Last Published: 1/13/2017

Private Sector Enforcement

Participating organizations are required to remedy problems arising out of a failure to comply with the Privacy Shield Principles. As part of their Privacy Shield obligations, participating organizations are required to have in place an independent recourse mechanism that is available to investigate and resolve individual complaints and disputes at no cost to the individual, as well as procedures for verifying compliance. Sanctions that the independent recourse mechanism can apply must be rigorous enough to ensure compliance by the organization; they should include publicity for findings of non-compliance and deletion of data in appropriate circumstances. The available sanctions may also include suspension and removal of a seal, compensation for individuals for losses incurred as a result of non-compliance, and injunctive awards. If Privacy Shield organizations fail to comply with the rulings of the independent recourse mechanisms, the independent recourse mechanisms must notify the governmental body with applicable jurisdiction or the courts, as appropriate, and the Department of Commerce.

The Recourse, Enforcement and Liability Principle can be satisfied in different ways. Your organization can meet the requirements by complying with a private sector developed program that incorporates and satisfies the Privacy Shield Principles. If the private sector developed program, however, only provides for dispute resolution and remedies but not verification, then your organization will have to satisfy the verification requirement in an alternate way, such as through self-assessment. Your organization can also meet the requirements by committing to cooperate with the EU data protection authorities under the EU-U.S. Privacy Shield Framework or the Swiss Federal Data Protection and Information Commissioner under the Swiss-U.S. Privacy Shield Framework.


Government Enforcement

U.S. organizations that are subject to the jurisdiction of either the Federal Trade Commission (FTC) or the Department of Transportation (DOT) may participate in the Privacy Shield program. The FTC and DOT have expressed, in letters to the European Commission (see FTC letter and DOT letter), their commitments to enforce the EU-U.S. Privacy Shield Framework. Similar letters have been sent to the Government of Switzerland (see the Swiss-U.S. Privacy Shield Framework).   Additional information may also be found on the Privacy Shield page on the FTC website. Under the Federal Trade Commission Act, an organization's failure to abide by commitments to implement the Privacy Shield Principles may be challenged as deceptive by the FTC. The FTC has the power to prohibit such misrepresentations through administrative orders or by seeking court orders; violations of those administrative orders can lead to civil penalties of up to $40,000 per violation or $40,000 per day for continuing violations as of August 1, 2016. Similarly, failure by a U.S. or foreign air carrier or ticket agent that markets air transportation to abide by its public commitment to implement the Privacy Shield could be actionable under 49 U.S.C. 41712, which prohibits U.S. and foreign air carriers and ticket agents from engaging in “an unfair or deceptive practice” in the sale of air transportation that results or is likely to result in consumer harm. Violations of section 41712 can result in the issuance of cease and desist orders and the imposition of civil penalties of up to $32,140 for each violation as of August 1, 2016.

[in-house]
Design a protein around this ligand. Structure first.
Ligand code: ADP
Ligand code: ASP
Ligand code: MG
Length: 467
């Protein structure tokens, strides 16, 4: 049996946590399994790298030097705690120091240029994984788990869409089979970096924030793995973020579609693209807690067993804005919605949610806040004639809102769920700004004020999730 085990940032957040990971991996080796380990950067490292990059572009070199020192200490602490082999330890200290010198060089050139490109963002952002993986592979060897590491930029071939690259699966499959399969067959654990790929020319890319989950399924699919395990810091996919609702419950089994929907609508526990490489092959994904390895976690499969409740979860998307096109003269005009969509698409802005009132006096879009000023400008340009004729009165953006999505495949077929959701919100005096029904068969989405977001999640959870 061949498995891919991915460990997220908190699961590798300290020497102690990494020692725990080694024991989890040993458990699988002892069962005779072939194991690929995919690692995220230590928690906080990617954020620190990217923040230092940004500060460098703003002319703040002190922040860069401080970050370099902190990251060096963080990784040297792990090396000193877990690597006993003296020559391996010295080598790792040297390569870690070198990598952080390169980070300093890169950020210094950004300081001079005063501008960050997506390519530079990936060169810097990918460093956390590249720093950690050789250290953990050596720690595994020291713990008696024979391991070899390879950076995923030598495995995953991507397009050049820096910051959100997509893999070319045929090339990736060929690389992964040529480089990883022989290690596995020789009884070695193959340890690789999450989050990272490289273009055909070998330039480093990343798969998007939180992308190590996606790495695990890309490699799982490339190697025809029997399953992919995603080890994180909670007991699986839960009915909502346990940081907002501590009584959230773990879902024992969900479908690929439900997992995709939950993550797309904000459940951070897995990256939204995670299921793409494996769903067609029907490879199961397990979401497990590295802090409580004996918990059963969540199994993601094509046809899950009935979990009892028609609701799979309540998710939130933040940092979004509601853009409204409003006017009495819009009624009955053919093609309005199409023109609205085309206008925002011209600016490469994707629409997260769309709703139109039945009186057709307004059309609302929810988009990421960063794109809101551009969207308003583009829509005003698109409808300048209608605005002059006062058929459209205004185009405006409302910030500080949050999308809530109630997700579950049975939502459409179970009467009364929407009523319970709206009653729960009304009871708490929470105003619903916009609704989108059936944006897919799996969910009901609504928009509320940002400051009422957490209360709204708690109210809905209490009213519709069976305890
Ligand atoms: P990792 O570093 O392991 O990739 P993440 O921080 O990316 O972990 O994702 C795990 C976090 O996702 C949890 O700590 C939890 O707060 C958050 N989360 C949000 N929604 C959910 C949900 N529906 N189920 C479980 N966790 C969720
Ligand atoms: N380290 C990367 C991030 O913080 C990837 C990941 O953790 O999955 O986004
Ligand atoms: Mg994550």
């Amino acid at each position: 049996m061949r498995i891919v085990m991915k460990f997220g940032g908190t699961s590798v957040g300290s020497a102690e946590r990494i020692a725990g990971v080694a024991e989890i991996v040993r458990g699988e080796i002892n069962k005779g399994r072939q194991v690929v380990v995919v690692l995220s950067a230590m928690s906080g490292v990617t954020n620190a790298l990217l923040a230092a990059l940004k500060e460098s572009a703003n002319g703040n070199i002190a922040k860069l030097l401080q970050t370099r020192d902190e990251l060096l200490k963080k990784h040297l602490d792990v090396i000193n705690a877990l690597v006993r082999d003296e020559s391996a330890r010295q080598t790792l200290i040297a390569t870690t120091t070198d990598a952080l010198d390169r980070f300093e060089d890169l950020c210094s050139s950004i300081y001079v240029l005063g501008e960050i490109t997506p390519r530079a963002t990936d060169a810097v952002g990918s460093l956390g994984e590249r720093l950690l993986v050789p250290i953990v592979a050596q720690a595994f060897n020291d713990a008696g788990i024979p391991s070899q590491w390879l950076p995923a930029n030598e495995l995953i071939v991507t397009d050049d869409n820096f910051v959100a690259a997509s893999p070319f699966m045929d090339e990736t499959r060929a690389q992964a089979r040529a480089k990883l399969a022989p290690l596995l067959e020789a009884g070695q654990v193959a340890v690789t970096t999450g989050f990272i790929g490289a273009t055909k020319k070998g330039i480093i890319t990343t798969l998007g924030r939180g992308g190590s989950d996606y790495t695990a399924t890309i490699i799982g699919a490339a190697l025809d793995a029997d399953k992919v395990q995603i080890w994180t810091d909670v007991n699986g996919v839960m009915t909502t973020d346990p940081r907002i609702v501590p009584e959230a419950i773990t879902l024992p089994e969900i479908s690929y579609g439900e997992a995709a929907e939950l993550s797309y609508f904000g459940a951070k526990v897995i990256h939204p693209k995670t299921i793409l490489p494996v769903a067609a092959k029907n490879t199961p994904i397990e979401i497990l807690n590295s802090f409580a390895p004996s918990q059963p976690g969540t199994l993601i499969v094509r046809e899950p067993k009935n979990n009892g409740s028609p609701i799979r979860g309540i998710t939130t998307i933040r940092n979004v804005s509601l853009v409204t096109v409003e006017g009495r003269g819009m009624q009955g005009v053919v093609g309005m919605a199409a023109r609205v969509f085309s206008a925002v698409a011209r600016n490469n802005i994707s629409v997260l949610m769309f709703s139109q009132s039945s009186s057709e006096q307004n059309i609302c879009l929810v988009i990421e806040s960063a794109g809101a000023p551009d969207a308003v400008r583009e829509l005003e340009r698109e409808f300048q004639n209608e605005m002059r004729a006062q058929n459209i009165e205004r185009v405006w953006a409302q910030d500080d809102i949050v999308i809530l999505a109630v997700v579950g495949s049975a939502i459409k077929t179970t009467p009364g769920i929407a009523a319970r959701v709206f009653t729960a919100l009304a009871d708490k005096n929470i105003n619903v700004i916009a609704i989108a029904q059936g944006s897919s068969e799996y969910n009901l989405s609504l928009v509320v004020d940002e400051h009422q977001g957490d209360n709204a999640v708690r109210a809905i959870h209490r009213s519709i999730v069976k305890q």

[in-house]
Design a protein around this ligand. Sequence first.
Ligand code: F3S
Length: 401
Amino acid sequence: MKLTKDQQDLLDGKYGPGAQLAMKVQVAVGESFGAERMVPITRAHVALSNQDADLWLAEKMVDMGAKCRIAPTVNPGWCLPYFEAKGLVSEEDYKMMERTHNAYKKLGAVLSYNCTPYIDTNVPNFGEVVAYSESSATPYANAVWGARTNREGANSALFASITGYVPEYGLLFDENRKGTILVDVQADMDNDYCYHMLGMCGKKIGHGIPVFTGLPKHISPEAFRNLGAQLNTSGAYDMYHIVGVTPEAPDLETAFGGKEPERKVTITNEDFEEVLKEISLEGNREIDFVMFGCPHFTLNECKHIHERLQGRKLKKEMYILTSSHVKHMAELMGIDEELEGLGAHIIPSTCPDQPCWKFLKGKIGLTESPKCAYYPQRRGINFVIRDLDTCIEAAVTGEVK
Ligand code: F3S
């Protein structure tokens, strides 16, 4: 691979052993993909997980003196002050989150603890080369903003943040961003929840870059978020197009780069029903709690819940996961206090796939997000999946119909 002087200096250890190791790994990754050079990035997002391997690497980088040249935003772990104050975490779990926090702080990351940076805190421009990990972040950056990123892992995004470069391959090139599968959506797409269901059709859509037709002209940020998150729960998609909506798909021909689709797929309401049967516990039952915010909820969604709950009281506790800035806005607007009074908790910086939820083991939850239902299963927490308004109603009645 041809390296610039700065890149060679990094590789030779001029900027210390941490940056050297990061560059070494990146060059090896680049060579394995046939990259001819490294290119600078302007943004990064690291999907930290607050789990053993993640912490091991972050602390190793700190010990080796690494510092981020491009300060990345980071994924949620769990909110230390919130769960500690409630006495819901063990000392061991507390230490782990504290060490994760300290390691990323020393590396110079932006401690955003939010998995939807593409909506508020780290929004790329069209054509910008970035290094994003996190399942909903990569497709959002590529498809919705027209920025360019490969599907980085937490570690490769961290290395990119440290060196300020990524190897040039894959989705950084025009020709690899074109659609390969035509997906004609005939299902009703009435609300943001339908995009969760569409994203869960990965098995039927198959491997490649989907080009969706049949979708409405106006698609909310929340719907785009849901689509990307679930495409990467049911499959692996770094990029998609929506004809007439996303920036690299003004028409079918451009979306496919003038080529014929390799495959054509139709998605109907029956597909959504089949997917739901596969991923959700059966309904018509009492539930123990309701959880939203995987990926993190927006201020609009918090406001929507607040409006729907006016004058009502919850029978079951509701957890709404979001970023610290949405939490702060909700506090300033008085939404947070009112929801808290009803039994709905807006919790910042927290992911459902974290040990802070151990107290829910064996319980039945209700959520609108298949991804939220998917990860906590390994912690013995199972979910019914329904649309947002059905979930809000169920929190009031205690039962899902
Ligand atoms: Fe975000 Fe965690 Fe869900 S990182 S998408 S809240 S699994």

Persistent Failure to Comply

If an organization persistently fails to comply with the Privacy Shield Principles, it is no longer entitled to benefit from the Privacy Shield. Organizations that have persistently failed to comply with the Privacy Shield Principles will be removed from the Privacy Shield List by the Department of Commerce and must return or delete the personal information they received under the Privacy Shield.

Persistent failure to comply arises where an organization that has self-certified to the Department of Commerce refuses to comply with a final determination by any privacy self-regulatory, independent dispute resolution, or government body, or where such a body determines that an organization frequently fails to comply with the Privacy Shield Principles to the point where its claim to comply is no longer credible. In these cases, the organization must promptly notify the Department of Commerce of such facts. Failure to do so may be actionable under the False Statements Act (18 U.S.C. § 1001). An organization’s withdrawal from a private-sector privacy self-regulatory program or independent dispute resolution mechanism does not relieve it of its obligation to comply with the Privacy Shield Principles and would constitute a persistent failure to comply.

The Department of Commerce will remove an organization from the Privacy Shield List in response to any notification it receives of the organization's persistent failure to comply, whether it is received from the organization itself, from a privacy self-regulatory body or another independent dispute resolution body, or from a government body, but only after first providing 30 days’ notice and an opportunity to respond to the organization that has failed to comply. Accordingly, the Privacy Shield List maintained by the Department of Commerce will make clear which organizations are assured and which organizations are no longer assured of Privacy Shield benefits.

An organization applying to participate in a self-regulatory body for the purposes of requalifying for the Privacy Shield must provide that body with full information about its prior participation in the Privacy Shield.